Additionally, most immigrants and expats find themselves in the same position, with few friends in their new location, so you’re not alone in your search for companionship.
Building a home, finally 🔗
If you happened to have managed to pin-point exact problem which is keeping you from building a home - great. Just do whatever you need to change that. If it’s a place - move. If it’s that the culture of the new place doesn’t fit you - move.
But if it’s none of the above, or you feel like it is everything above and so much more - the problem of building a home is likely not external one.
Stop. Take a deep breath. Relax.
What do you need to do yourself to call this new place - home? What do you need in this place to thrive and succeed?
Start by changing your mind. Simply (I appreciate the fact that it is ever that simple, but try it) start calling your new place “home”. Start there, give it time to grow on you, and see how it goes.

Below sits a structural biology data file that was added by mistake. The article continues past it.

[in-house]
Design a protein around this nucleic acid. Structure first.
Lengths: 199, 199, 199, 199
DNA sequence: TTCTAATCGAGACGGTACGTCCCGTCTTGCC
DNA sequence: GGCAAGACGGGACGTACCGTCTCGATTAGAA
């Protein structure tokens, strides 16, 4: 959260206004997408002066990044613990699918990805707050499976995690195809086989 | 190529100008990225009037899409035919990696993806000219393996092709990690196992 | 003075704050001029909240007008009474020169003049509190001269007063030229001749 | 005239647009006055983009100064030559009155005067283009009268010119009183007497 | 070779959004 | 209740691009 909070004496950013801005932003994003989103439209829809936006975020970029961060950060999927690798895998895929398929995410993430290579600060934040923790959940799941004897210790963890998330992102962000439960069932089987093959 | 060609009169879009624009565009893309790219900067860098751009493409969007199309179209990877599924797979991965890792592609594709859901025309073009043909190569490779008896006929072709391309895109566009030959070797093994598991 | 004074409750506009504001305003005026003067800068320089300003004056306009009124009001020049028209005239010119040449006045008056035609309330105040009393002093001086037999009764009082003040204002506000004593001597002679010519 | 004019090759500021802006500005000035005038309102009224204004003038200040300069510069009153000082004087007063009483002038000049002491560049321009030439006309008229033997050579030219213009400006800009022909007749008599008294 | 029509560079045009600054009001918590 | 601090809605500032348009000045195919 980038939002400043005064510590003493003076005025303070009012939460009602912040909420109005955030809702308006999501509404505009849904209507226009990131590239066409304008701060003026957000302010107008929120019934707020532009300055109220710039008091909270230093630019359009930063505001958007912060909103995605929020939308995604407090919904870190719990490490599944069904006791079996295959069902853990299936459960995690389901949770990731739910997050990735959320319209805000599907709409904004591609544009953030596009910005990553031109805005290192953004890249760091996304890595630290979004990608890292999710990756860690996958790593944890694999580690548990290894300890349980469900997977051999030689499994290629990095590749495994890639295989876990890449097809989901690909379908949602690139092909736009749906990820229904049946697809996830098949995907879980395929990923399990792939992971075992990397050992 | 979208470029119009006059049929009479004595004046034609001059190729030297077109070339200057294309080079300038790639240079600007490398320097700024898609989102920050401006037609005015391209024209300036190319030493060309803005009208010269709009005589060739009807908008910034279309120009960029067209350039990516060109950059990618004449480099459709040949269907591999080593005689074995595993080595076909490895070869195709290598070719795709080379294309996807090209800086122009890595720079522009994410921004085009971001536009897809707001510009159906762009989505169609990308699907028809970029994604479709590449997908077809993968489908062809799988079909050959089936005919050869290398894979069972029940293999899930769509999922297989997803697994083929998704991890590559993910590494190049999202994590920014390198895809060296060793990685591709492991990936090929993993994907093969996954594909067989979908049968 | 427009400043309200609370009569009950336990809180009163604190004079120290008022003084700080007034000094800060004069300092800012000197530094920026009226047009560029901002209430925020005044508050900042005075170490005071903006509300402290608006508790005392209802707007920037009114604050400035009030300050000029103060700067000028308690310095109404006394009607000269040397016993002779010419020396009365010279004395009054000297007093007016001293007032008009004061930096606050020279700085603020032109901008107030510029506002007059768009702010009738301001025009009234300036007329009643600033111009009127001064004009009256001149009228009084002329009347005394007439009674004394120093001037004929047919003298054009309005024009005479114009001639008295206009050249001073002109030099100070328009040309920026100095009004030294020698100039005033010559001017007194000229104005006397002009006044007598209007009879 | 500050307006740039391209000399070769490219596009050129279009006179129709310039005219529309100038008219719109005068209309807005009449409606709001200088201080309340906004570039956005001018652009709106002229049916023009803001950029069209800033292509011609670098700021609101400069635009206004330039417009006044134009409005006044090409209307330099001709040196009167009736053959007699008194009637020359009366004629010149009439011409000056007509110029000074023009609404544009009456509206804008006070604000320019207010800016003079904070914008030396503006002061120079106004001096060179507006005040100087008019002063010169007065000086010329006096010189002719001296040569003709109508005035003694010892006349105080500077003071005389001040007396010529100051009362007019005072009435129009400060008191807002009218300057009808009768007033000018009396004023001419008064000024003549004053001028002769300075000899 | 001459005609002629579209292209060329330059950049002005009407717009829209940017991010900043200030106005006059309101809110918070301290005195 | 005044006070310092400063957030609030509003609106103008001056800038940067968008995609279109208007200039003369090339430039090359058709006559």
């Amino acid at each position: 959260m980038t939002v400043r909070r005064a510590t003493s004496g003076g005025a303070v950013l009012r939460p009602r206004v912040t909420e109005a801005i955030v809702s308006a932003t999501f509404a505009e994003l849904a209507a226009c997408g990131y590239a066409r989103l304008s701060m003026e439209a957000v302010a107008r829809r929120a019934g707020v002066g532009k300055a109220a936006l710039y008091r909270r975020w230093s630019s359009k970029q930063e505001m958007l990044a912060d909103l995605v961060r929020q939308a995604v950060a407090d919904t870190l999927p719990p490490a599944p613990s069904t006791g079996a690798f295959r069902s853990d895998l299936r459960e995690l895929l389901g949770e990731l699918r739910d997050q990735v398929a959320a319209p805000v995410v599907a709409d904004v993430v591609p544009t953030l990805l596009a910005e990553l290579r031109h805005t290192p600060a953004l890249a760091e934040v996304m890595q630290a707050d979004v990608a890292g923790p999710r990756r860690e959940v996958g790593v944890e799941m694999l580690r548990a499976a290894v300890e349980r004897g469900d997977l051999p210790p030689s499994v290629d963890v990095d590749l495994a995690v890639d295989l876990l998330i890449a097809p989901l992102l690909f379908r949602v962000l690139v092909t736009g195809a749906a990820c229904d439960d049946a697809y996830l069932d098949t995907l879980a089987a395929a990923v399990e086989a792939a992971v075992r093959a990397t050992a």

Could you fail in this? You could. But listen, remember to have fun at it while you do it. It makes success so much more probable.
In the end 🔗
If you manage to find a way to build yourself a home, either at the place you’re in right now or by moving to a completely new place (remember, one thing is still true: you are so much more than a tree), you will know.
How will you know? Suddenly you will realize you’ve stopped going home from a place where you live, but you are suddenly “visiting your family” or friends, or you just like to go to that place you’ve spent your childhood at - for no special reason but to see those people or places again, as you will afterwards go back home.
You will know because you will feel at home.